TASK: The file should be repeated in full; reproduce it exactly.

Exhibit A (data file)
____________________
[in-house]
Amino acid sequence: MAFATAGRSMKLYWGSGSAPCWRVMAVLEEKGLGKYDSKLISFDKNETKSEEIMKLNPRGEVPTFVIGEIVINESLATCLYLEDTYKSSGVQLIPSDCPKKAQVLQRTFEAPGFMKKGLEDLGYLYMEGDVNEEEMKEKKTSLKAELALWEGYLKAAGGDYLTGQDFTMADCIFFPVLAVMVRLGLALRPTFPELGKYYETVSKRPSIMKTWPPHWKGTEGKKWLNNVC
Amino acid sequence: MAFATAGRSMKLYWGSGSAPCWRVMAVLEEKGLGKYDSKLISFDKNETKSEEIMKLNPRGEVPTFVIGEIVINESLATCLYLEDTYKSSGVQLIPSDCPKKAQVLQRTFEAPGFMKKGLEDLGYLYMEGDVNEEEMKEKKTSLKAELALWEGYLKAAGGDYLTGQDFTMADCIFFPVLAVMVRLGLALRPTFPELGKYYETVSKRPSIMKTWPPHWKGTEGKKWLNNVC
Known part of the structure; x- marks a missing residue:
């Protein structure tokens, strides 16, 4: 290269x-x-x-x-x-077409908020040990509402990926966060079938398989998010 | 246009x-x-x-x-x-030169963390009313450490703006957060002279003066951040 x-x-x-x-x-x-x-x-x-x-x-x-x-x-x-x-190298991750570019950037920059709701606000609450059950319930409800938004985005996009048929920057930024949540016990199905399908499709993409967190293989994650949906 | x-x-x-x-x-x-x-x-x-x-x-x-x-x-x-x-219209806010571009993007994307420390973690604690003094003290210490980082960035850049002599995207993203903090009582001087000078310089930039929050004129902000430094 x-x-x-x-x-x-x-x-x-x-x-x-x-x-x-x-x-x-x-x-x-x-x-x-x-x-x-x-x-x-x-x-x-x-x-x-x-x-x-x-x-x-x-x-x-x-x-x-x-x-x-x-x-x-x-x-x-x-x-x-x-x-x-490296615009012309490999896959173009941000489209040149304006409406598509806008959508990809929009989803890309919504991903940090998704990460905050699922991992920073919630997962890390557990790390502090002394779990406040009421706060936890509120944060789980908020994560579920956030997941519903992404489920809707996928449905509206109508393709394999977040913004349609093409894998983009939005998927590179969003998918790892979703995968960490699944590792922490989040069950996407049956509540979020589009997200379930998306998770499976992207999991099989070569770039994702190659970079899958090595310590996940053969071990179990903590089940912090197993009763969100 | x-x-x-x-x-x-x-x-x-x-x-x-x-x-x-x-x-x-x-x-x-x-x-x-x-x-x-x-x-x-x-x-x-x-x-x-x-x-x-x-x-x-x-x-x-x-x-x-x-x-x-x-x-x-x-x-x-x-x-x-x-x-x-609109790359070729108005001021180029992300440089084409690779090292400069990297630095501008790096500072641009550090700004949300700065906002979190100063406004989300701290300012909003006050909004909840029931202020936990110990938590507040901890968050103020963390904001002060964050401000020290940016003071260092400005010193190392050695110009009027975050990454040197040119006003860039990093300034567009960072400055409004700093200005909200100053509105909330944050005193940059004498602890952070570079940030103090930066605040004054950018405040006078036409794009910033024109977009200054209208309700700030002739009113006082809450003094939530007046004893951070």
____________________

[in-house]
Amino acid sequence: MAFATAGRSMKLYWGSGSAPCWRVMAVLEEKGLGKYDSKLISFDKNETKSEEIMKLNPRGEVPTFVIGEIVINESLATCLYLEDTYKSSGVQLIPSDCPKKAQVLQRTFEAPGFMKKGLEDLGYLYMEGDVNEEEMKEKKTSLKAELALWEGYLKAAGGDYLTGQDFTMADCIFFPVLAVMVRLGLALRPTFPELGKYYETVSKRPSIMKTWPPHWKGTEGKKWLNNVC
Amino acid sequence: MAFATAGRSMKLYWGSGSAPCWRVMAVLEEKGLGKYDSKLISFDKNETKSEEIMKLNPRGEVPTFVIGEIVINESLATCLYLEDTYKSSGVQLIPSDCPKKAQVLQRTFEAPGFMKKGLEDLGYLYMEGDVNEEEMKEKKTSLKAELALWEGYLKAAGGDYLTGQDFTMADCIFFPVLAVMVRLGLALRPTFPELGKYYETVSKRPSIMKTWPPHWKGTEGKKWLNNVC
Known part of the structure; x- marks a missing residue:
């Protein structure tokens, strides 16, 4: 290269x-x-x-x-x-077409908020040990509402990926966060079938398989998010 | 246009x-x-x-x-x-030169963390009313450490703006957060002279003066951040 x-x-x-x-x-x-x-x-x-x-x-x-x-x-x-x-190298991750570019950037920059709701606000609450059950319930409800938004985005996009048929920057930024949540016990199905399908499709993409967190293989994650949906 | x-x-x-x-x-x-x-x-x-x-x-x-x-x-x-x-219209806010571009993007994307420390973690604690003094003290210490980082960035850049002599995207993203903090009582001087000078310089930039929050004129902000430094 x-x-x-x-x-x-x-x-x-x-x-x-x-x-x-x-x-x-x-x-x-x-x-x-x-x-x-x-x-x-x-x-x-x-x-x-x-x-x-x-x-x-x-x-x-x-x-x-x-x-x-x-x-x-x-x-x-x-x-x-x-x-x-490296615009012309490999896959173009941000489209040149304006409406598509806008959508990809929009989803890309919504991903940090998704990460905050699922991992920073919630997962890390557990790390502090002394779990406040009421706060936890509120944060789980908020994560579920956030997941519903992404489920809707996928449905509206109508393709394999977040913004349609093409894998983009939005998927590179969003998918790892979703995968960490699944590792922490989040069950996407049956509540979020589009997200379930998306998770499976992207999991099989070569770039994702190659970079899958090595310590996940053969071990179990903590089940912090197993009763969100 | x-x-x-x-x-x-x-x-x-x-x-x-x-x-x-x-x-x-x-x-x-x-x-x-x-x-x-x-x-x-x-x-x-x-x-x-x-x-x-x-x-x-x-x-x-x-x-x-x-x-x-x-x-x-x-x-x-x-x-x-x-x-x-609109790359070729108005001021180029992300440089084409690779090292400069990297630095501008790096500072641009550090700004949300700065906002979190100063406004989300701290300012909003006050909004909840029931202020936990110990938590507040901890968050103020963390904001002060964050401000020290940016003071260092400005010193190392050695110009009027975050990454040197040119006003860039990093300034567009960072400055409004700093200005909200100053509105909330944050005193940059004498602890952070570079940030103090930066605040004054950018405040006078036409794009910033024109977009200054209208309700700030002739009113006082809450003094939530007046004893951070």